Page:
November films: What you may have missed and what’s coming up

Graphic by Caro DeFrias.

Did you manage to catch all the films screening on campus this month?

Many exciting films were screened on campus this month. Cinema Politica’s Montreal chapter, founded in 2004 at Concordia University, screened Labor (dir. Trove Pils, 2023), a Swedish film which explores sex work, sexual exploration and self discovery as protagonist Hanna moves to San Francisco on Nov. 6, and La bataille de La Plaine (The Battle of La Plaine, dir. Sandra Ach, Nicolas Burlaud and Thomas Hakenholz., 2021), a French documentary which follows the gentrification and resistance efforts of the district of La Plaine in Marseille, France, on Nov. 13. 

Concordia’s Mel Hoppenheim School of Cinema screened Geographies of Solitude (dir. Jacquelyn Mills, 2022) on Nov. 10. Mills graduated from Concordia’s BFA program in 2008. Her film is a documentary about Sable Island and Zoe Lucas, the woman who has spent a large part of her life studying and documenting everything about it. Mill’s film is an immersion into this life and its landscapes.

One screening remains for November: The Society of the Spectacle (dir. Roxy Farhat and Göran Hugo Olsson, 2023). On Monday, Nov. 27 at 7 p.m., Cinema Politica will host the Montréal premiere the latest film from acclaimed Swedish director Göran Hugo Olsson and acclaimed artist Roxy Farhat. The film is an adaptation of Guy Debord’s prophetic 1967 essay La Société du Spectacle (translated as The Society of Spectacle), which is an indictment of the image-saturated consumer culture of his time.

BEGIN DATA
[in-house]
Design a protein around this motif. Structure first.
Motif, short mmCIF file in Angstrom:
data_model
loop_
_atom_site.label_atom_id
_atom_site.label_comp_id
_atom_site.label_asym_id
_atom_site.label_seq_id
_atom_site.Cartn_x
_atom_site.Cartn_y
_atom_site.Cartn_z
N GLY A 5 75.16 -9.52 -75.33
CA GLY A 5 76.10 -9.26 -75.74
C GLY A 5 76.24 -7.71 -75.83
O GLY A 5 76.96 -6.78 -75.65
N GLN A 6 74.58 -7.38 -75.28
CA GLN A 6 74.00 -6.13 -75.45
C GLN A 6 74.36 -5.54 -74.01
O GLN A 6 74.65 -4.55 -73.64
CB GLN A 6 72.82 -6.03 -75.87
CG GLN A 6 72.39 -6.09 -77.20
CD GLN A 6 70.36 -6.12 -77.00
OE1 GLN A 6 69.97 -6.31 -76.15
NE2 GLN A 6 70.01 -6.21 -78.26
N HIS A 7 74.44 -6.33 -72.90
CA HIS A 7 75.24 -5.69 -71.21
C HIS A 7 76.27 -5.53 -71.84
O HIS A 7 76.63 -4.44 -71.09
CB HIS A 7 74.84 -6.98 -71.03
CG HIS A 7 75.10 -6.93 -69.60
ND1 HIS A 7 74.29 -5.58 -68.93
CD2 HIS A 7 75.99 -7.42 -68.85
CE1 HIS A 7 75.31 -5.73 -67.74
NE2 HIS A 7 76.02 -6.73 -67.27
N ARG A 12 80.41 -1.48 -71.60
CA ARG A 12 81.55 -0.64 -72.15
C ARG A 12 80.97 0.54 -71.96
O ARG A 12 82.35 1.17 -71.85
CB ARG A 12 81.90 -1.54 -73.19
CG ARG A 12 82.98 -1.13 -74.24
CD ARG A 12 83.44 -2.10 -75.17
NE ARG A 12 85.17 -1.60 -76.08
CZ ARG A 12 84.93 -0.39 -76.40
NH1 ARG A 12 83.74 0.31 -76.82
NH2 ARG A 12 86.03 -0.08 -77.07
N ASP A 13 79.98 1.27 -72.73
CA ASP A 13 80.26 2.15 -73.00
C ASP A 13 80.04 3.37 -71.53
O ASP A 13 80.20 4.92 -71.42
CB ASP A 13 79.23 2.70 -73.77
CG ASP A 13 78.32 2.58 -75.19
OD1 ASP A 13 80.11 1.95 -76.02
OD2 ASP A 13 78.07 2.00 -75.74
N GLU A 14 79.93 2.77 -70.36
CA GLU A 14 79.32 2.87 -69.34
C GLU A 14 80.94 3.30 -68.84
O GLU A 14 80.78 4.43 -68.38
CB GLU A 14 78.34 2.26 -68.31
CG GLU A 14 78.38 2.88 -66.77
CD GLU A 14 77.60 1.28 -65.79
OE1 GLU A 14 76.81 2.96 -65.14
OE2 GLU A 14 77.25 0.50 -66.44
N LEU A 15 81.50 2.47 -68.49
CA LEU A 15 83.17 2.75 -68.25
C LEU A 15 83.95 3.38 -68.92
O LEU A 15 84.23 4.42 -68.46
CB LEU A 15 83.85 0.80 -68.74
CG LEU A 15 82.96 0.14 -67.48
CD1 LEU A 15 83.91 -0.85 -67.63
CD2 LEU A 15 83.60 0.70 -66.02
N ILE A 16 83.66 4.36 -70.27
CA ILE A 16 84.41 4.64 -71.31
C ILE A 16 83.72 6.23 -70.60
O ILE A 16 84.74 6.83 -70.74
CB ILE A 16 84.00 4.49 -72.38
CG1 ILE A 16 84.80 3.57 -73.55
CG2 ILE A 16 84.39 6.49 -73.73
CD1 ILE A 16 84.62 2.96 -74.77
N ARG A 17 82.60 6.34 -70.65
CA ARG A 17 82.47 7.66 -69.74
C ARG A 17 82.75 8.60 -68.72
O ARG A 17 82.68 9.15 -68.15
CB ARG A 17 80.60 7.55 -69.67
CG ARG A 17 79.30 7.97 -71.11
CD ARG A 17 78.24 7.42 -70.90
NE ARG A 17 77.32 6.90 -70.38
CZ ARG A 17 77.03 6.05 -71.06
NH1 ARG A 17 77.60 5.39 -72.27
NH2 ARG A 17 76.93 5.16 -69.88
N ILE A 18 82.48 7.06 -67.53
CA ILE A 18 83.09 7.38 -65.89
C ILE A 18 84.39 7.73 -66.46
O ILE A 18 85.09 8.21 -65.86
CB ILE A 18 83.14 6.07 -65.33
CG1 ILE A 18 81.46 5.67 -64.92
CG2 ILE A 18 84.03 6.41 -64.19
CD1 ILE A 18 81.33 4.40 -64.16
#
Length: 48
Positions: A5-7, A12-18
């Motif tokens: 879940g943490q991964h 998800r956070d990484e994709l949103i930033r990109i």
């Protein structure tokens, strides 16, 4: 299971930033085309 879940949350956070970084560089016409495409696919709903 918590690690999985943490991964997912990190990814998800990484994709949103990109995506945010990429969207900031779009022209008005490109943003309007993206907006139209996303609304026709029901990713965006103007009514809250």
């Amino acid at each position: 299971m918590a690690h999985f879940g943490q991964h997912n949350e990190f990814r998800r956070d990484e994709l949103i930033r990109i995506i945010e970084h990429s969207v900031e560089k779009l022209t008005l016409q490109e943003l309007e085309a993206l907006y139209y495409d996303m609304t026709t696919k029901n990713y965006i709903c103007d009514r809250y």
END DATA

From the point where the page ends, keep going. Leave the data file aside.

In this essay, Debord argues that representation has replaced authentic experience and interaction. The text analyses the concept of “spectacle,” which is Debord’s term for the everyday manifestation of capitalist-driven phenomena, which includes advertising, television, film and celebrity. Debord describes how spectacle functions to obfuscate the past and future into an undifferentiated mass, creating something of a hyper and perpetual present. Here, the spectacle is a social phenomenon where life recedes into a representation, which Debord describes as a “a separate pseudo-world that can only be looked at.” 

Six decades later, Olsson and Farhat utilise found footage, contemporary images and original scenes to examine and illustrate Debord’s indictment of consumerism and the ways the unending circulation of images impacts how we see ourselves and interact with each other. Images of the climate crisis and selfies are in dialogue with renowned scholars, as Olsson and Farhat unpack the society of the spectacle. 

Visit the Cinema Politica on Nov. 27 to witness Olsson and Farhat’s attempt at the daunting challenge of creating a film tackling a complex theory that critiques the notion of image itself. Cinema Politica asks that audiences wear a mask to mitigate the spread of COVID-19. 


This article marks the start of a regular column at The Concordian, where I will round up films screening at and around Concordia. Stay tuned for December films coming in our next print issue.


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